I found it strange that officials of the Health Department started checking if babies confined in hospitals with kidney ailments could be victims of the contaminated Sanlu milk from China. Sanlu milk was not exported to the Philippines. The accompanying statement of health officials clarified the issue with the admission that Sanlu milk could have been smuggled into the country and sold without labels.
This practice of selling unbranded milk is not something new. As early as 15 years ago when my husband was still working in another company, he had fellow employees who sold unlabeled powdered milk in half kilo bags. Where the milk originated, no one knew. The customers were only told that the milk was bought by the sack then repacked into half kilo bags. With Filipinos’ penchant for tingi (buying in small amounts), the milk sold like hotcakes.
It might seem strange that people actually bought unlabeled milk whose origins were unknown. But considering that the price was almost 50 percent lower than branded powdered milk, what budget conscious person would not consider it?
Today, in the wake of the Sanlu scandal and the possibility that Filipino babies may be among the victims, some people are already blaming the mothers of these babies. There are those who ask what kind of mother would feed her baby with unlabeled milk from unknown origins. Well, see, most branded milk formulas are beyond the buying capacity of majority of Filipino families. In fact, my mother had a laundry woman who confided to me once that she fed all her six children with sweetened condensed milk diluted with water because they could not afford infant formula.
It’s really a matter of economics. Just like the poor folk who can only afford cures like those sold in front of the Quiapo church, there are parents who can only afford cheap milk for their babies. The absence of labels and information on origins might be considered small risks if the alternative is not having any milk at all to feed their little ones.
But it is also a matter of education. And I am not talking about formal education here. I am talking about the government’s responsibility to educate people. But when you have a government who practically denies that smuggling still takes place, as a matter of course, in the Philippines, can you expect it to launch an information campaign to try to explain why people should be wary of unlabeled milk and other food items with mysterious origins? That would be admitting that smuggling is commonplace, wouldn’t it?
The saddest part is that instead of taking pains to determine whether Sanlu milk could have indeed been smuggled into the country and sold to the public, we have government officials overreacting by freezing imports and pulling off the supermarket shelves just about any milk and milk-based product from China. What kind of solution is that? That’s a double whammy. That’s discriminating against legitimate Chinese producers and exporters of milk and milk-based products. Worse, that is hurting poor Filipinos who can not afford the que horror prices of milk and milk products sold locally by multinational companies.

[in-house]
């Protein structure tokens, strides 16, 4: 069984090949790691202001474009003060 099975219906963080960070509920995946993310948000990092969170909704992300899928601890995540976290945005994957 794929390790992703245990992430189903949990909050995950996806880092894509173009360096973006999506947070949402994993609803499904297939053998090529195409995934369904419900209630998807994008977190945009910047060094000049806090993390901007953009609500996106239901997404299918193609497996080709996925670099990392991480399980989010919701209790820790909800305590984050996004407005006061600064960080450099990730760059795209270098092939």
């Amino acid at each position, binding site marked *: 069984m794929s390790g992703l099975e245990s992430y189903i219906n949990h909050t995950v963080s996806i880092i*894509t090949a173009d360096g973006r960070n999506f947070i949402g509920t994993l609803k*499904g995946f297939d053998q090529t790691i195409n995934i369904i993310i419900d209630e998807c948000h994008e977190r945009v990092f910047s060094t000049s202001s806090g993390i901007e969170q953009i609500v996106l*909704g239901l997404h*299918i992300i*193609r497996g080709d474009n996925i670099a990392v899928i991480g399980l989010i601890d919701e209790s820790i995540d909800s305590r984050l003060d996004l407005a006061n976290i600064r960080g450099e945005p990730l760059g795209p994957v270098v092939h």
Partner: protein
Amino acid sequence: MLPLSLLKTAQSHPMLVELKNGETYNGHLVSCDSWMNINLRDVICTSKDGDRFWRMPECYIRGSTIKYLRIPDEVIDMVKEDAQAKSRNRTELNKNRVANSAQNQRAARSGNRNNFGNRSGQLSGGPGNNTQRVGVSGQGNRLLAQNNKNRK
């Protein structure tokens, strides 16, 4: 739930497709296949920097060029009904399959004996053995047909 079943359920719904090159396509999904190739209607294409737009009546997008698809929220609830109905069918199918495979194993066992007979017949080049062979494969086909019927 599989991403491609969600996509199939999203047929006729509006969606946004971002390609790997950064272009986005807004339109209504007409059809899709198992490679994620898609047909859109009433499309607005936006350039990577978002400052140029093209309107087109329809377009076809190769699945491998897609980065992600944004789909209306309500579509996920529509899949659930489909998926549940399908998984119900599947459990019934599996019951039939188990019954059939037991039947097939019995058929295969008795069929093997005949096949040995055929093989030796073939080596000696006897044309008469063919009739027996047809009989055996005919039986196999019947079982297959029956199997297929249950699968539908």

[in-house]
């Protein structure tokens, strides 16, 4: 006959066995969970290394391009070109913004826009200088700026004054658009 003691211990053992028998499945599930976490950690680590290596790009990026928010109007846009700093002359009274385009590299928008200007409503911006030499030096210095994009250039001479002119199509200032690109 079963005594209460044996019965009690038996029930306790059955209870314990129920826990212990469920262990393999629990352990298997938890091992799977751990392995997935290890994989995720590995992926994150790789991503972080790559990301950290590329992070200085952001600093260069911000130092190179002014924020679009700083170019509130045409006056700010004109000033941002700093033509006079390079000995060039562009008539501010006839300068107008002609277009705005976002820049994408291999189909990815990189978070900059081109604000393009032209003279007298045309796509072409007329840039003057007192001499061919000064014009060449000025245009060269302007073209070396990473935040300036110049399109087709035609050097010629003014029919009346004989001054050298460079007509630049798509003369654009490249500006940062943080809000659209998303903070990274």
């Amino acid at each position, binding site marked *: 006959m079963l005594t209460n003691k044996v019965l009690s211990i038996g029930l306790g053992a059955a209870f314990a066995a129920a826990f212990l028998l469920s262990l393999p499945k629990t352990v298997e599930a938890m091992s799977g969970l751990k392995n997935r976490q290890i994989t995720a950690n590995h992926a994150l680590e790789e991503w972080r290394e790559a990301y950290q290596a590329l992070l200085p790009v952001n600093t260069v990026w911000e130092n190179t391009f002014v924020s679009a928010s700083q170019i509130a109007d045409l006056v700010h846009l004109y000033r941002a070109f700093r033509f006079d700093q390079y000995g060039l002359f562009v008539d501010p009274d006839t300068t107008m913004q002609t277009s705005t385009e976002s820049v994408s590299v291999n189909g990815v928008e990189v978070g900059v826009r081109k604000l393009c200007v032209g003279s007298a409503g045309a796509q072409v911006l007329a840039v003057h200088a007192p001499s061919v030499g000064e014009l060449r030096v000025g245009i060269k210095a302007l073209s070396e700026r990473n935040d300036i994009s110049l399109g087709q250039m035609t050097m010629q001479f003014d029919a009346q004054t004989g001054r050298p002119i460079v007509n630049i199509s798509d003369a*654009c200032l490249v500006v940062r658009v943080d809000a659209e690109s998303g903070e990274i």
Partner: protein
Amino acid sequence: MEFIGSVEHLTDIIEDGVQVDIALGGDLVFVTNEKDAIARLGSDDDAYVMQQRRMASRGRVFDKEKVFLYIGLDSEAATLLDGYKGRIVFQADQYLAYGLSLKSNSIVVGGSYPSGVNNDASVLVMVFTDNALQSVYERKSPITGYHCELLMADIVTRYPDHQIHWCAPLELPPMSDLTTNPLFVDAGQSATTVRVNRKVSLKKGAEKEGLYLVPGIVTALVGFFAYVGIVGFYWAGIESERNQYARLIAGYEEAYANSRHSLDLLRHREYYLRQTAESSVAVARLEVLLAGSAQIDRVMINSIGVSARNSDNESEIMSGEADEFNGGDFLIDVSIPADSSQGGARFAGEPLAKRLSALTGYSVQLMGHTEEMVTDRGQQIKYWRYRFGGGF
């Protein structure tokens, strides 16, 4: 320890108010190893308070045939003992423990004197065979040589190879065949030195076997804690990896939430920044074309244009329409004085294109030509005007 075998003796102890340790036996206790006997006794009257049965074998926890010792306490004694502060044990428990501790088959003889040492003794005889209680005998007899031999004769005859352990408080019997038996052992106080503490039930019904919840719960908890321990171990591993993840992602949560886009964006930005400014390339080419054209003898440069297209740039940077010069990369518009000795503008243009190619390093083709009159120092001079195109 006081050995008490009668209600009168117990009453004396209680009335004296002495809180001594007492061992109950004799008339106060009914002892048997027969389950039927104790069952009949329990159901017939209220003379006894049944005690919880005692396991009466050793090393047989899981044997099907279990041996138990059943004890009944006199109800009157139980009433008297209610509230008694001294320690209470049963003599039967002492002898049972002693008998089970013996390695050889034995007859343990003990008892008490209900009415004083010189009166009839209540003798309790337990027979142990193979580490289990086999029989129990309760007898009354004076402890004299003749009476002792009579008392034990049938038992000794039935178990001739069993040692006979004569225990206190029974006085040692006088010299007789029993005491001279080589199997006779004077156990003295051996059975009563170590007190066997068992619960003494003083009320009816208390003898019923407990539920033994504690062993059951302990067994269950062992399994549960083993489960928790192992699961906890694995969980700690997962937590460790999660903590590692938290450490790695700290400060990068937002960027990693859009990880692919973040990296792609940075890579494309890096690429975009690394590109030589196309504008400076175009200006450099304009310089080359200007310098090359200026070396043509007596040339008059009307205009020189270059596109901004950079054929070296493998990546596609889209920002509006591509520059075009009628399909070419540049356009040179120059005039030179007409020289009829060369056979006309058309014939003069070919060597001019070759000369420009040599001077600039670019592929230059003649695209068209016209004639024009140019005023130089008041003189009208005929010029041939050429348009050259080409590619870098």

So we have a government who has continually failed to educate the people of the dangers of buying unlabeled food products. That same government is cutting off the supply of cheap milk because it cannot curb smuggling. Where does that leave the consumers, especially the poor ones? For those with children below two years old, breastfeed them. For the rest, understand that while milk is a good source of calcium, it is not the only source of calcium. Sardines, okra, tofu and beans are all rich in calcium.
That’s not common knowledge? If it isn’t, consider the claims in the article “Calcium Rich Foods: Get All The Calcium You Need Without Milk” published in a British web site called The Healthier Life: Join the Natural Health Revolution. It says, “Thanks to generations of dairy industry propaganda (and brilliant advertising agencies), we’ve all been trained to believe that dairy products are our best and primary sources of bone-strengthening-calcium that we all need.”
The article goes on to say that, “According to US HSI Panel member Dr Allan Spreen, there is a long list of reasons why milk is unhealthy or at least not the solution we’ve been told, including “evidence that the antibodies the body makes to milk are closely related to the antibodies that destroy islet cells (insulin producers) in the pancreas in cases of juvenile diabetes” and findings that “homogenisation breaks up the enzyme xanthine oxidase, which in its altered (smaller) state can then enter the bloodstream and react against arterial walls, causing the body to protect the area with a layer of cholesterol.”
Isn’t that just propaganda of the other side? It might be. But, when making any decision, it is always better to hear both sides first. Do further research on your own then decide if it isn’t wise to give up your milk fixation.